The Princess and The Knight also manages to reference other fairytale and children’s material; Shrek 2 and The Incredibles were some that I pick up on but I’m sure there are more. Some lines are missed due to actors speaking over one another or not projecting when facing away from the audience, but I’m confident as the season continues, these will be ironed out. The comedic timing of the actors is fantastic – the raucous laughter Ruby Carter as Tulip the maid evokes from the audience simply by saying “yes” in a Scottish/Irish accent! And a throwaway line by Swinerd has us all in stitches. Meanwhile, Nodder builds a fantastic relationship with the audience that works in his favour as Lysander, the audience “aw”ing when Lysander is sad. (Nodder’s impressive dives and acrobatics should also be noted.) Pelham is a sweet princess who reminds me of Fiona from the Shrek franchise and has good chemistry with Worsnop. Nina Hogg puppeteering the rainbow dragon-unicorn creature Pirra also brings a surprising energy to the show, the character slowly unfolding as the show continues.
There are plenty of fun sound cues (Faith Holley) to accompany the action, which adds to the comedy of the show. However, I do wish there is a sound and lighting cue when Princess Ada and Ellis first touch. The actors do a great job of marking this as a significant moment, I want the tech to support it too as this would still be in keeping with the tone and style of the show. And I absolutely want Lysander and Nyx’s romantic tension to be more explicit by the end, especially after (my favourite scene) the fight/tango scene – a must-see really. (A simple “Oh, yeah, I love blueberries too!” from Nyx would have been the cherry – or blueberry – on top!) I also want the show to lean more into its meta-verse. After the first scene where petals are strewn all over the stage, we are in Nyx’s lair and he immediately sweeps away the flowers, blaming his henchmen for not following his instructions. This is a great and interesting element of the show that isn’t explored as fully as it could be.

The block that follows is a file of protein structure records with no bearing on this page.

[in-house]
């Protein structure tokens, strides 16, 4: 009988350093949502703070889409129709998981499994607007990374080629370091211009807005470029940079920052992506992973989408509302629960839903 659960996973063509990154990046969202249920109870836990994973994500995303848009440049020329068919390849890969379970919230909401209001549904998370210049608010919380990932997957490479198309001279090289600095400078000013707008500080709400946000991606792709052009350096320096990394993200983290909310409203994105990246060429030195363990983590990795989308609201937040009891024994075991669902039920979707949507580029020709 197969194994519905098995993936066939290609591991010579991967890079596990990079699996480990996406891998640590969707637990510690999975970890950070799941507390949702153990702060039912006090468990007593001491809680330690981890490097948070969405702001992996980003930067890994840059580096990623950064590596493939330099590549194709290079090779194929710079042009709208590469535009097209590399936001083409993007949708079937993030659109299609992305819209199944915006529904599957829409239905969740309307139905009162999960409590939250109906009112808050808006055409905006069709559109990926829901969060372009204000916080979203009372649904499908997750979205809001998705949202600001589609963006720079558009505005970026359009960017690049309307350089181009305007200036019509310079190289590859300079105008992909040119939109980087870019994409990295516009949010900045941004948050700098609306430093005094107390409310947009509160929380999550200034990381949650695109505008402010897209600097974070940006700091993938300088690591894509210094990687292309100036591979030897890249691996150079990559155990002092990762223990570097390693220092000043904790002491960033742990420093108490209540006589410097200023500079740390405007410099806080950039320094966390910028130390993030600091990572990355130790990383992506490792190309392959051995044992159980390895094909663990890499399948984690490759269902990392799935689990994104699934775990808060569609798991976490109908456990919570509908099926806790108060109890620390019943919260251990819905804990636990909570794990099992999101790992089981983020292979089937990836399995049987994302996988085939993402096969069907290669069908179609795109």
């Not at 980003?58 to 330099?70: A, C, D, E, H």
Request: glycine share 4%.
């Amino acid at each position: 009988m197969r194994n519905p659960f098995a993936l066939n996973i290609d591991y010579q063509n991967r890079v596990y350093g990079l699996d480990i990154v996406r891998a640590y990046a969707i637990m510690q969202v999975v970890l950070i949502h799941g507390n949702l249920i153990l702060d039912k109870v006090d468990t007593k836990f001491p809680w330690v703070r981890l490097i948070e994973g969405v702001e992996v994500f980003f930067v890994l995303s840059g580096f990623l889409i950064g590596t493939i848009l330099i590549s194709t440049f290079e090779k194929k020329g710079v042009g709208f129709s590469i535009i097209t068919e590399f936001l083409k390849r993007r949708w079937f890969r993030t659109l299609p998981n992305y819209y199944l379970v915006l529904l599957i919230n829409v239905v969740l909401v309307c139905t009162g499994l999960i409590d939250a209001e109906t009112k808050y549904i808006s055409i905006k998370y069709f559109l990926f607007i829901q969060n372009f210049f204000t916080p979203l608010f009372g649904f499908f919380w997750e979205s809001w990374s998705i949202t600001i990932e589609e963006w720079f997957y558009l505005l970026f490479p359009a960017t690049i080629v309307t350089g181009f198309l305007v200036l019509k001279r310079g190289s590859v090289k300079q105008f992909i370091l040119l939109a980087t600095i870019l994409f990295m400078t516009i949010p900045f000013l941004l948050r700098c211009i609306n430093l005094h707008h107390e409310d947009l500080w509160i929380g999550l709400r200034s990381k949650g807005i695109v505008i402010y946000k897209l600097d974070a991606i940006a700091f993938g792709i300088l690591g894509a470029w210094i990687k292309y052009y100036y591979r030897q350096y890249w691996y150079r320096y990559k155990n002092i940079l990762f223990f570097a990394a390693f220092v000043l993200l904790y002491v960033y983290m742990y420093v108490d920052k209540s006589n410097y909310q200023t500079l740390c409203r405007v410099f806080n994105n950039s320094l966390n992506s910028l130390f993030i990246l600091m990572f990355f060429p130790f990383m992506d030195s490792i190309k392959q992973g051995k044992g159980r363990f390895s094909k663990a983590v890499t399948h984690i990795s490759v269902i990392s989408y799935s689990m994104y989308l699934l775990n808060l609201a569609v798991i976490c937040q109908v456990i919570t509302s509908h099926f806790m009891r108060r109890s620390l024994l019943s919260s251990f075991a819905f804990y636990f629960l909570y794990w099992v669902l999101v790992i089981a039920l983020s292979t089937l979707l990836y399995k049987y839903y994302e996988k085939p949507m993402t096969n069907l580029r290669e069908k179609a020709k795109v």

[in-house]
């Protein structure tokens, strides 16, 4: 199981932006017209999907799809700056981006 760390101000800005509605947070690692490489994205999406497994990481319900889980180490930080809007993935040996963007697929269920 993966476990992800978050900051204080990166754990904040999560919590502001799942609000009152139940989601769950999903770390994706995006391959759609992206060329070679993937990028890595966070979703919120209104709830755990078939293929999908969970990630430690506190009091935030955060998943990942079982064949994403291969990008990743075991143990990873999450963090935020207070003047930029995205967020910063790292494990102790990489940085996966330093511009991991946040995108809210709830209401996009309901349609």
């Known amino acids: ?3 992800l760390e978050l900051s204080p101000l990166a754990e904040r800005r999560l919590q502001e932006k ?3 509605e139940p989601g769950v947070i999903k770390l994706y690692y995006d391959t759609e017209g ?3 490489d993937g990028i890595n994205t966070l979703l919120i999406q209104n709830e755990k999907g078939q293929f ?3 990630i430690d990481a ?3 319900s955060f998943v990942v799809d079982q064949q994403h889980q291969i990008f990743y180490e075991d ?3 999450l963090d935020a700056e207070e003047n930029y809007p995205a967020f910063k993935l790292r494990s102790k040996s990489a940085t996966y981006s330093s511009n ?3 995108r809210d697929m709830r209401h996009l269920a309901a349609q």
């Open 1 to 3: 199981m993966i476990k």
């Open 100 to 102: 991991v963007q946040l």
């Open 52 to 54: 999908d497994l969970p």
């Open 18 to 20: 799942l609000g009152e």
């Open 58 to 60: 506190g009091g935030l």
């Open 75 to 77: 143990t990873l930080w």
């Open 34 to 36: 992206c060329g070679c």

My friend said to me after the show “This was the show I needed when I was eight.” I think a lot of us in the queer community feel this way regarding the excellent family-friendly content that has been coming out of Wellington in recent years. If you’re thinking about bringing children to this show, I would say eight to ten year olds are probably within the right age range. I don’t see any children in the crowd on my night, but I do think kids would have a good time. It’s a snappy 50 minute show, they won’t have time to get bored!
The Princess and The Knight is an over-the-top, pantomime-esque show that can only go further – push the boundaries even more! Get sillier and more boisterous! And for audiences who are wanting a bit of light-hearted fun, this is the show for you. The season is running until Saturday the 3rd of December, so dive into this queer goodness while you can!
Disclaimer: Katie Hill is also a reviewer at Art Murmurs. I have remained objective but feel free to comment below if you believe otherwise.